$US-AUD Exchange Rate vs Balance of Trade

So far, in recent posts, we’ve examined the effect (or lack of effect) of currency exchange rates between the U.S. and two major trading partners – Canada and China.  So far, the data’s been inconclusive.  In the case of Canada, during the past decade, it seemed possible that there might be some effect.  A falling dollar has coincided with an increase in the surplus of trade (in manufactured goods) for the U.S.  But the U.S. is also ten times as densely populated as Canada.  My theory predicts that the U.S. would experience a surplus of trade in manufactured goods based on this disparity in population density.

With China, there actually seemed to be an inverse effect.  A falling dollar coincided with a worsening of the U.S. balance of trade with China instead of the improvement that economists would predict.  Here, it’s important to note that China is more than four times as densely populated as the U.S. My theory predicts a very large trade deficit for the U.S.

So, so far, the theorized effect of currency exchange rate on the balance of trade is only one for two, while my theory of population density disparity is two for two.

Today we’ll examine the effect of currency exchange rate on our balance of trade with Australia, another major trading partner of the U.S.  Here’s the chart:

$US-AUD Rate vs. Balance of Trade

Here we seem to see some real effect.  From 1993 to 1996, the dollar fell and our balance of trade improved.  From 1997 to 2001, the dollar soared and our balance of trade worsened a little.  From 2002 to 2008, the dollar plunged and both our total balance of trade and the balance of trade in manufactured goods improved dramatically.

But, let’s remember that, once again, the U.S. is ten times as densely populated as Australia.  My theory would predict a trade surplus for the U.S.  Also, at this point, we might need to consider the possibility that, although economists’ theory that currency exchange rates have a direct impact on the balance of trade, that theory may break down when one of the nations involved has a population density far beyond the critical density at which per capita consumption begins to decline.  It may be safe to say that Australia and Canada have not yet reached that density.  The U.S. may have breached it, but perhaps not by much – no more than a factor of two.  However, it’s also safe to say that China is far beyond that point, perhaps by a factor of eight or ten.  So, in the case of trade between the U.S. and Canada and Australia, it may be that currency exchange rate dominates, while in the case of trade between the U.S. and China, the exchange rate effect is dwarfed by the effect of the population density disparity and the fact that China is has, in all likelihood, exceeded the critical population density by a factor of ten.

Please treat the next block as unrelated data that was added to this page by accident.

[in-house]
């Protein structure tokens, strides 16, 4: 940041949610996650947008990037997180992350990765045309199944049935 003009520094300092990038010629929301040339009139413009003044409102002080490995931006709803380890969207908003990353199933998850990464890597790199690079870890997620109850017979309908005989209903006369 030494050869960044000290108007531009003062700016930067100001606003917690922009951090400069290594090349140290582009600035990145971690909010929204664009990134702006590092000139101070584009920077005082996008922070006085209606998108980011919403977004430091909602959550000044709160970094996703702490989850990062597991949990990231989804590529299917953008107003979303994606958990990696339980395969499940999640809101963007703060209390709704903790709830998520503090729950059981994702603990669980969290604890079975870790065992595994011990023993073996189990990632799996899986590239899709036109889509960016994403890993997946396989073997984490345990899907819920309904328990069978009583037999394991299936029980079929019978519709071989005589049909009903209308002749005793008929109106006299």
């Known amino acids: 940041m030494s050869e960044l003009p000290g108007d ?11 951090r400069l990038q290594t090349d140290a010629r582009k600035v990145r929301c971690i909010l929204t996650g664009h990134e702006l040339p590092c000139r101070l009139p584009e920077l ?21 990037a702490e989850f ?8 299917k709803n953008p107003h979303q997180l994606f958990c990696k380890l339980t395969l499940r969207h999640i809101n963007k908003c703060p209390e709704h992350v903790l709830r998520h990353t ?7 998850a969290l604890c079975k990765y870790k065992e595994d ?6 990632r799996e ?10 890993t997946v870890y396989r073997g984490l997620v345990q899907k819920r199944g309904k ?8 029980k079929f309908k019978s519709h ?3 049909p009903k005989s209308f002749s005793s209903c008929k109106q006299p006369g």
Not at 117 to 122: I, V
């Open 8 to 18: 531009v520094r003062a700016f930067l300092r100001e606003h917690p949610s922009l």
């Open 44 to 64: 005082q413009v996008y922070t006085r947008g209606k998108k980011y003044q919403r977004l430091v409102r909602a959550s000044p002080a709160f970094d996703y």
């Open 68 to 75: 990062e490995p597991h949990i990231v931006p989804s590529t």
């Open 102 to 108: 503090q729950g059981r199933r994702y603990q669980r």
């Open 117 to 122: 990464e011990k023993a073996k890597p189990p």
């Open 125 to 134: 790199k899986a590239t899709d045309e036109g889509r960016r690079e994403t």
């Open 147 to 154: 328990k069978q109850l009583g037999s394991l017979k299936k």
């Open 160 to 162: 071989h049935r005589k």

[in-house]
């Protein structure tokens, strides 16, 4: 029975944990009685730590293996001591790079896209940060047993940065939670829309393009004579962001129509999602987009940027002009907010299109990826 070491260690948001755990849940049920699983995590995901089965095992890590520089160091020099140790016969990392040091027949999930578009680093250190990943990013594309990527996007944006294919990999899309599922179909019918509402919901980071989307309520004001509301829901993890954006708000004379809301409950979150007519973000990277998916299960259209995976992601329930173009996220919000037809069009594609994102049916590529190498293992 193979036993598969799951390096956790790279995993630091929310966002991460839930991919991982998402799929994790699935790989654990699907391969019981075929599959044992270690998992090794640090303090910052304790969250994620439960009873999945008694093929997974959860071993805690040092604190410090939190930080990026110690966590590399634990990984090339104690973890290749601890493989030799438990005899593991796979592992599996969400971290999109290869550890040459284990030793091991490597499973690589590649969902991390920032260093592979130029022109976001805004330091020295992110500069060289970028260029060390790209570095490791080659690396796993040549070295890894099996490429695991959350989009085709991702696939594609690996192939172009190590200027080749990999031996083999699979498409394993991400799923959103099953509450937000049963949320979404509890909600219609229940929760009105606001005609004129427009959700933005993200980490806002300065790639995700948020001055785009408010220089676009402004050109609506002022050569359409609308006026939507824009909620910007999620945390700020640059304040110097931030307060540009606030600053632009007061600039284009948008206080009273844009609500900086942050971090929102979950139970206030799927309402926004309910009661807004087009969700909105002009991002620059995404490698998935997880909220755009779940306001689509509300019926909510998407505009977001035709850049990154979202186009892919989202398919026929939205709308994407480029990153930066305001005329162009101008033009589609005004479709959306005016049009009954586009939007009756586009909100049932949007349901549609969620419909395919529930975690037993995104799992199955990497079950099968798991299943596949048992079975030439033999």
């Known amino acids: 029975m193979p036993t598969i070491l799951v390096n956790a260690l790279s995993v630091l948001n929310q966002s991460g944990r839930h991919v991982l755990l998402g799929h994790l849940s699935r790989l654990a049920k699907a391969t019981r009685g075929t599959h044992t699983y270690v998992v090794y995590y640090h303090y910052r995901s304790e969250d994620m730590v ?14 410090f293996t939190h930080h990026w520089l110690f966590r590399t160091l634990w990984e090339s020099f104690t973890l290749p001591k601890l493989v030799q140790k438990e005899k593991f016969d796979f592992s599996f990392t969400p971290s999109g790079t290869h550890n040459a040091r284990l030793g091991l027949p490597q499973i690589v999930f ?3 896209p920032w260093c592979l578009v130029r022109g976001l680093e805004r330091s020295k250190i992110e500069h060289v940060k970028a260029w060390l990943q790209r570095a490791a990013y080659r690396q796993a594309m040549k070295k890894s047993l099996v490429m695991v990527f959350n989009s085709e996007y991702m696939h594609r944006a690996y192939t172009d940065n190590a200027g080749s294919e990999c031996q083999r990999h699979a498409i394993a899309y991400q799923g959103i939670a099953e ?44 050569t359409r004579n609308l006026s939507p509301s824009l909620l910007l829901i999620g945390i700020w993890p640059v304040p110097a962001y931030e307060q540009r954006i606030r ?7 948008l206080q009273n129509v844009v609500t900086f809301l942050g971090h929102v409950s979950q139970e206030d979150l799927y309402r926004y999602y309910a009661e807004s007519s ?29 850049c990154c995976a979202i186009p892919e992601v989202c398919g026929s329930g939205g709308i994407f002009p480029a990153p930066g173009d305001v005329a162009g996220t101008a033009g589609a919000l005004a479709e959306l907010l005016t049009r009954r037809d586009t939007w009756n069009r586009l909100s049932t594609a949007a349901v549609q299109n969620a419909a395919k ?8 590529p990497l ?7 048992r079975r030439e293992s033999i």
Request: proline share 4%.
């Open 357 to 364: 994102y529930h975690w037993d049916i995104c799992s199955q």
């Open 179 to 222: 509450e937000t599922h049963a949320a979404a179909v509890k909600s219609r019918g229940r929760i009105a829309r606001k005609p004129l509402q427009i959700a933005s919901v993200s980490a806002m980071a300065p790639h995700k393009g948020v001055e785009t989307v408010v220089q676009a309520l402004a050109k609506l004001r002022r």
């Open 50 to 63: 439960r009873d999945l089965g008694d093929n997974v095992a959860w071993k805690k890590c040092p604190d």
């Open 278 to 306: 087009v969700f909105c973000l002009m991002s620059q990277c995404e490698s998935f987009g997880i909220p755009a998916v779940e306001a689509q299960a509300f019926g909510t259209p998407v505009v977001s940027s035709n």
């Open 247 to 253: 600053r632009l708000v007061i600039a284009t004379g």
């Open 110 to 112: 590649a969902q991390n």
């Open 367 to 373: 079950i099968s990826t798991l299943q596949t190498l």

In future posts we’ll consider the currency exchange rate effect vs. the population density disparity effect with more of the U.S.’s major trading partners.

*****

Exchange rate data provided by http://www.oanda.com/.

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3 Responses to $US-AUD Exchange Rate vs Balance of Trade

  1. MikeF says:

    Pete,

    In the instance of Australia, 70% of the country is classified as arid or semi-arid and therefore much of that nation is uninhabitable and cannot support human population. I would think that “inhabitable density,” would be necessary to paint a clear picture of the relationship between trade, domestic consumption, and population density.

    China on the other hand has 1.4 Billion people who can create a domestic expansion model at the most basic level (one that we passed more than 50 years ago) such as a new bicycle, a washing machine, a motor scooter, etc.

    It should be noted that for China to reach the current consumption level of the U.S. that they would require all known resources on earth and would experience global material shortages before reaching that goal. We’re dancing on the edge of the volcano.

    It is my opinion that man made currency values are more of a smoke screen and a diversion (that indeed makes the rich richer), but has little if any real effect on the macroeconomic physical limitations of a world that is awash in 6.77 billion consumers.

    • Pete Murphy says:

      I agree, Mike, and I think we’ll see that currency valuations have virtually no effect on the balance of trade with densely populated nations when I get into more data from such places. Stay tuned.

  2. MikeF says:

    Pete,

    That would be a great breakthrough to prove that currency valuations are simply a gambling device and a diversion that is tilted heavily toward the house.

    I’ll stay tuned.

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